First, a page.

Daniel Casali provides a round-up of key market activity during the week of 27th April.
- Spain saw a large jump in its number of recovered COCVI-19 patients over the weekend, with a reported 22,000 recoveries. Germany and France continued to report positive data with active cases in Germany declining by -3% and active case growth in France close to 0%.
- UK coronavirus deaths passed the 20,000 mark over the weekend. FT analysis suggests that the global death toll could, in fact, be 60% more than reported.
- Chinese Industrial Profits dropped -34.9% in March this compared, compared to March 2019.
- The Bank of Japan opened the gates for unlimited money-printing as it removed its guide of only buying 80 trillion yen (£59bn) of government bonds a year.
- Italian car sales crash by -98% in March, year-on-year.
- The US economy contracted in Q1’20 at an annualised rate of 4.8%, its largest since 2008 due to country wide lockdown measures.
- The Federal Reserve has pledged to keep interest rates close to zero until economic normality resumes, especially regarding inflation and employment.
- 30m American have now lost their jobs because of COVID-19. 3.8m new Americans filed for unemployment benefits this week.
- The ECB will continue lending to banks at exceptionally low interests as the Eurozone economy shrank 3.8% year on year in Q1’20, a larger contraction than during the 2008 financial crisis.
- This comes after the president of the ECB, Christine Lagarde warned EU leaders that Eurozone GDP could fall by 15% this year, the FT reported.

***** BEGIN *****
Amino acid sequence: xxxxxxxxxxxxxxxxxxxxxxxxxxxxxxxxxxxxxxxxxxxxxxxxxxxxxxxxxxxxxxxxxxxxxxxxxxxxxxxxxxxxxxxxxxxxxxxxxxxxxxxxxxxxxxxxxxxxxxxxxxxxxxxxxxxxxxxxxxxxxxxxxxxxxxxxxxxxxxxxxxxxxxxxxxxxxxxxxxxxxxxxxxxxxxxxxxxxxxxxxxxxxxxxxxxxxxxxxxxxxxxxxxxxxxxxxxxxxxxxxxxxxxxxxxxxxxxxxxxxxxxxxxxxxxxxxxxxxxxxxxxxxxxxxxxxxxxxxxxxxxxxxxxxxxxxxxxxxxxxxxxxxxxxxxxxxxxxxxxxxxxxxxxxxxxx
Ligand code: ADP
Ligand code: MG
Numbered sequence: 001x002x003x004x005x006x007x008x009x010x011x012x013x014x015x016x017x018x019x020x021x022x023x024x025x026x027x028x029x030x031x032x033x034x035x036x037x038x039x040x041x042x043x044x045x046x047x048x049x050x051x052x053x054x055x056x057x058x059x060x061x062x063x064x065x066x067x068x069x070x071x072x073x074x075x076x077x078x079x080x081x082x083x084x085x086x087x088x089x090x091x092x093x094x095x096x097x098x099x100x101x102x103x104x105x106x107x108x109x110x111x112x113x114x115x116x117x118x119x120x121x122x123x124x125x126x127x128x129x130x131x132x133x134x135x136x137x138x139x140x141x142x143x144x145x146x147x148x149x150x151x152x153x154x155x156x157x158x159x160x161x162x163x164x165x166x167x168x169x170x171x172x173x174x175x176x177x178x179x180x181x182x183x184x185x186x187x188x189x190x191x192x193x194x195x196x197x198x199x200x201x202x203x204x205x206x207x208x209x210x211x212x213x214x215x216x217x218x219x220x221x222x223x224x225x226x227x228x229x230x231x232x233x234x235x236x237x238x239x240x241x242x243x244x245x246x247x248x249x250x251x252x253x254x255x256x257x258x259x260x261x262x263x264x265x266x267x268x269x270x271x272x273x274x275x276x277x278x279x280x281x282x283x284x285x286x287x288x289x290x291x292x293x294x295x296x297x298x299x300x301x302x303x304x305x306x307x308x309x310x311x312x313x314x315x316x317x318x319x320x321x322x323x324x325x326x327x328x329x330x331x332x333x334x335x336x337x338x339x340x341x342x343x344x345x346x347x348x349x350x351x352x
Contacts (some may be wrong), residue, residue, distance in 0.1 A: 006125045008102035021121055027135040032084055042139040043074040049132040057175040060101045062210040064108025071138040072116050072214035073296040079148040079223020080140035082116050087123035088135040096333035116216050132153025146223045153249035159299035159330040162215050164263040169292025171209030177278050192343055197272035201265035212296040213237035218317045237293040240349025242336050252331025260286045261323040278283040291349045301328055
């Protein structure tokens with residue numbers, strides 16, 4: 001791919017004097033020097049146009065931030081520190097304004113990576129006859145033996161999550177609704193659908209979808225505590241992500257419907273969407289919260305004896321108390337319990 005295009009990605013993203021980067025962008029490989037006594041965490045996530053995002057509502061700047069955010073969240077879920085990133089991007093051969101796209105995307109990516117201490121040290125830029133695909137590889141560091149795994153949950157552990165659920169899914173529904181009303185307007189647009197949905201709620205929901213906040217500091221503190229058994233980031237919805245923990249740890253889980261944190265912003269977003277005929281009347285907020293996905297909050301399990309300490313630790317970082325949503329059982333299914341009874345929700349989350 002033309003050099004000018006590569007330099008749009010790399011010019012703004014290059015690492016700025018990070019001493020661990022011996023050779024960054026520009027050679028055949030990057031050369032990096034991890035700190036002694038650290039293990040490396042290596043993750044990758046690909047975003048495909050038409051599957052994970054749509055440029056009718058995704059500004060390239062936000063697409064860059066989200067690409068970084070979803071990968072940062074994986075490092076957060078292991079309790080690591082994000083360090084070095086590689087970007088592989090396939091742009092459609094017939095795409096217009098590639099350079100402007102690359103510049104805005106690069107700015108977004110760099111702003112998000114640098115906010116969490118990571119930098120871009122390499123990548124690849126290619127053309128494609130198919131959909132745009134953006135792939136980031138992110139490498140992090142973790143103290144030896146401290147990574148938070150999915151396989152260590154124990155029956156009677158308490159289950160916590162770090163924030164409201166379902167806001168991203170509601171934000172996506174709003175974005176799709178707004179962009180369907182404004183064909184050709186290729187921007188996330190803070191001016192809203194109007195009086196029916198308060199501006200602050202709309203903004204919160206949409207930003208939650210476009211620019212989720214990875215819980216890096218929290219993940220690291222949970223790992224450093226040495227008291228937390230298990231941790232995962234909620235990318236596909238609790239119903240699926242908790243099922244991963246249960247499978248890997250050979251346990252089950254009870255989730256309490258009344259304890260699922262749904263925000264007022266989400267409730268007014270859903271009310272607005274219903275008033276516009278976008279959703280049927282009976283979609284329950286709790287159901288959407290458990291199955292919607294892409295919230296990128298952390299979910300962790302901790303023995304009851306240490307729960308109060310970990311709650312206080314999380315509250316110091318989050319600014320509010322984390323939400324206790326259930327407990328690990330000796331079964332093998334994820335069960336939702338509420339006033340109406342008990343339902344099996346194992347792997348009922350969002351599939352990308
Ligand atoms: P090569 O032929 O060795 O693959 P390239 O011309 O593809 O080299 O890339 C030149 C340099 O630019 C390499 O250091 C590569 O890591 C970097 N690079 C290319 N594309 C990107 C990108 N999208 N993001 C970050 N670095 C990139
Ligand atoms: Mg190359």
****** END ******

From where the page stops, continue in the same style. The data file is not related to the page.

- India’s largest car maker, Maruti Suzuki, has said that the company did not sell or manufacture a single car during April.
- Despite deteriorating economic conditions across the globe, the US markets recorded some of their biggest monthly gains. In April, the S&P rose 12.7% and NASDAQ 15.2%.
- Shell has cut its dividend for the first time since WWII as the collapse in oil price led to a fall in earnings.
Investment does involve risk. The value of investments and the income from them can go down as well as up. The investor may not receive back, in total, the original amount invested. Past performance is not a guide to future performance. Rates of tax are those prevailing at the time and are subject to change without notice. Clients should always seek appropriate advice from their financial adviser before committing funds for investment. When investments are made in overseas securities, movements in exchange rates may have an effect on the value of that investment. The effect may be favourable or unfavourable.
By necessity, this briefing can only provide a short overview and it is essential to seek professional advice before applying the contents of this article. This briefing does not constitute advice nor a recommendation relating to the acquisition or disposal of investments. No responsibility can be taken for any loss arising from action taken or refrained from on the basis of this publication. Details correct at time of writing.
Smith & Williamson Investment Management LLP
Authorised and regulated by the Financial Conduct Authority.
Registered in England No. OC 369632. FRN: 580531
Smith & Williamson Investment Management LLP is part of the Tilney Smith & Williamson group.
© Tilney Smith & Williamson Limited 2021